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VAS

Why we all crave a certain drink when on a plane – and what not to order

Food By The Mirror

One of the best things about long-haul flights? The free bar. Obviously. Press the bell, get some peanuts, order a beer. You'll be there in no time.

It's also thought that the low air pressure on planes thins the blood, so the effects of alcohol are heightened – especially over a long period of time. The Civil Aviation Authority believes so.

Others think the amplified drinking effects are because flying conditions mean your brain gets less oxygen. Either way, if you drink on a plane, you're more likely to get drunk.

There's another interesting aspect to drinking in the air. Our tastebuds are dampened at 30,000ft. Cabin air pressure, the humidity of planes, and even the 'white noise' – the droll, continuing hum you endure while flying – all lessen our senses.

Tomato juice is popular at 30,000ft

It's probably why so many people opt for Bloody Marys on planes. It's not because everyone's hungover . It's because the intense flavour of tomato juice (and vodka, celery, Worcestershire sauce, etc.) remains prominent. The umami flavour is profound and appealing. People crave it because so many other drinks seem diluted.

Passenger drinking habits has led airlines to consider carefully what they serve. Most stock up on tomato juice. Lufthansa rattles through around 1.8m litres every year, according to The Economist .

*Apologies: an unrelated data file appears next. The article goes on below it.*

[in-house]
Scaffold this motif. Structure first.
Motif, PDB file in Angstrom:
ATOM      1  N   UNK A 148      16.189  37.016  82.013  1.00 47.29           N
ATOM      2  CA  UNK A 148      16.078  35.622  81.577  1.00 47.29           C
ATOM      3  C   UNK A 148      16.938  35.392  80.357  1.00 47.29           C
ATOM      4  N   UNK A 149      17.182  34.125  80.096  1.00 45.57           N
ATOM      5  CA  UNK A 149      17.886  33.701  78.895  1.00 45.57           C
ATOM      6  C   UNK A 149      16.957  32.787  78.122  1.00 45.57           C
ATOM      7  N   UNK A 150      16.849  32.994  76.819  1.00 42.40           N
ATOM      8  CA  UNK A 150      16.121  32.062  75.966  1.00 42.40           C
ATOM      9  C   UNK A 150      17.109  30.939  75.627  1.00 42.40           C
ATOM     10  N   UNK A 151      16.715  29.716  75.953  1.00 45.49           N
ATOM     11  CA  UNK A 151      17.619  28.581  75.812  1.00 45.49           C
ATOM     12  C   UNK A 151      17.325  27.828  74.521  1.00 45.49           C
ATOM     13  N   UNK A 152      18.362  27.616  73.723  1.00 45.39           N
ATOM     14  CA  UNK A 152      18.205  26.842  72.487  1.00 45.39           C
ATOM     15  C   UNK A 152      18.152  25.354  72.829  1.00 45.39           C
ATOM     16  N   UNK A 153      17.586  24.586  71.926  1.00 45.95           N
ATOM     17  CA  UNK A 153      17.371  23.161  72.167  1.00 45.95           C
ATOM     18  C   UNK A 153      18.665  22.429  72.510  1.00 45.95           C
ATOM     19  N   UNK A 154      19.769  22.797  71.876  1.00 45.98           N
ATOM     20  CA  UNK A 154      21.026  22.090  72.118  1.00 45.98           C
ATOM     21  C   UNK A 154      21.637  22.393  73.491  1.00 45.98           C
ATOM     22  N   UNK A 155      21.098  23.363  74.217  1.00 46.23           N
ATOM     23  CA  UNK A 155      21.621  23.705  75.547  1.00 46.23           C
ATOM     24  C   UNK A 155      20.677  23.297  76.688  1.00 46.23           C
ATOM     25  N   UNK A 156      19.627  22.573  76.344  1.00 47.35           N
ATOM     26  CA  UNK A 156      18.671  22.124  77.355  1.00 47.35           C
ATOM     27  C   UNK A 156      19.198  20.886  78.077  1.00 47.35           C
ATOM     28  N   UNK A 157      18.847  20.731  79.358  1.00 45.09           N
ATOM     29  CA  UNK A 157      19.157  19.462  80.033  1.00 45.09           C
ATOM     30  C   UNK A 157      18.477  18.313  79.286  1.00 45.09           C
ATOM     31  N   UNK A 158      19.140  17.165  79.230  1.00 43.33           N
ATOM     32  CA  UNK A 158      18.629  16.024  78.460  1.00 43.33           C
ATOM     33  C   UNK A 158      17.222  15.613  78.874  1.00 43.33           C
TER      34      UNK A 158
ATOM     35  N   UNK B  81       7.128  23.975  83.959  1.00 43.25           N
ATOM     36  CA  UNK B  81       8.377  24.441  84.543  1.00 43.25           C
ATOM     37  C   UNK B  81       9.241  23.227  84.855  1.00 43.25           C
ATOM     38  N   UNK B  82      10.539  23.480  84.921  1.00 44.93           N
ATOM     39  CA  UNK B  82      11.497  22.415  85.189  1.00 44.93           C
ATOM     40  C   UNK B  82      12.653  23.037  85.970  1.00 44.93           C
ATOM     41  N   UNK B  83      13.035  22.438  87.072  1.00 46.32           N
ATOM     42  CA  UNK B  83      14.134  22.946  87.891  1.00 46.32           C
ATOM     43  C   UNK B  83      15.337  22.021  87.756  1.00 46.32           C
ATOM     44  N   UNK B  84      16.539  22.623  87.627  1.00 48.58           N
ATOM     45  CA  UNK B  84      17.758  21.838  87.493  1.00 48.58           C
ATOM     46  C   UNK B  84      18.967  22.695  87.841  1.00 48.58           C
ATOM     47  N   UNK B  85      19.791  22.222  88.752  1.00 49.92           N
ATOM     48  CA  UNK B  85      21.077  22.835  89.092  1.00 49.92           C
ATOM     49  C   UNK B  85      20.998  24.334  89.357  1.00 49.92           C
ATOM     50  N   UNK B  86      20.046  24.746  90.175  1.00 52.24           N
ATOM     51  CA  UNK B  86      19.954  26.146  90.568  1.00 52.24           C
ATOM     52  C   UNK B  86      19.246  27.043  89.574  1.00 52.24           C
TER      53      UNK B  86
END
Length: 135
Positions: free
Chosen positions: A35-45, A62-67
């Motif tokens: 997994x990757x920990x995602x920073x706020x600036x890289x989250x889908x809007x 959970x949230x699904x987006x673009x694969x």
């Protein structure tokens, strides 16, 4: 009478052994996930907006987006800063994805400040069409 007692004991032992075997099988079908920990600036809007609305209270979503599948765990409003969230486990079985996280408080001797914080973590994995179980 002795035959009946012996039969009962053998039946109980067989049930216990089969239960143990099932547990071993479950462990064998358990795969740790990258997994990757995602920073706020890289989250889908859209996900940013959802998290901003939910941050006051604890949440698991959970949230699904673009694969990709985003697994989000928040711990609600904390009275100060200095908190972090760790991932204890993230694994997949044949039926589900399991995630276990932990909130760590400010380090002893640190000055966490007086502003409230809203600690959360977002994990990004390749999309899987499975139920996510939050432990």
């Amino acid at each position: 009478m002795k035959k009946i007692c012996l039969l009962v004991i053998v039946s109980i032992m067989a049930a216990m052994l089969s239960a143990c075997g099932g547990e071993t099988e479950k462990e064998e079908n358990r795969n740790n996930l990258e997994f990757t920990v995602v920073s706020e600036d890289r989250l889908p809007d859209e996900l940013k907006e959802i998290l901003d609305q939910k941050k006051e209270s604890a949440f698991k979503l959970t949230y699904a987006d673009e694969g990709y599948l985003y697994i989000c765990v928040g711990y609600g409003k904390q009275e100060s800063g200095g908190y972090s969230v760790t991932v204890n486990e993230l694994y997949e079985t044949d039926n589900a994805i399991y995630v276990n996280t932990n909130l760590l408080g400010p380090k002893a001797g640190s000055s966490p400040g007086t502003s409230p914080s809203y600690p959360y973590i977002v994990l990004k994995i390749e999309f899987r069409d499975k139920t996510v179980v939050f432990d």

Cathay Pacific, meanwhile, released its own craft beer for first and business class customers. The beer has been brewed with air travel in mind. It's said to be less bitter, and notes of fruit and honey have been added.

It's not just beer. Drinks journalist Will Lyons wrote in the Wall Street Journal : "Wines taste very different in the air. A combination of altitude and low humidity tends to accentuate a wine’s acidity and alcohol.

"The cabin’s dry atmosphere will make the tannins – the bitter-tasting compounds found in red wine – more pronounced."

Will advises ordering bold, "expressive" wines if you want to actually taste something while flying. Get a Shiraz, then. Or a buttery Chardonnay. Cocktails are also worth a go.

Is there one drink not to bother with on airplanes? Champagne, cava, and prosecco. Bubbles don't fare well at altitude, sadly. Is that really going to stop you, though?

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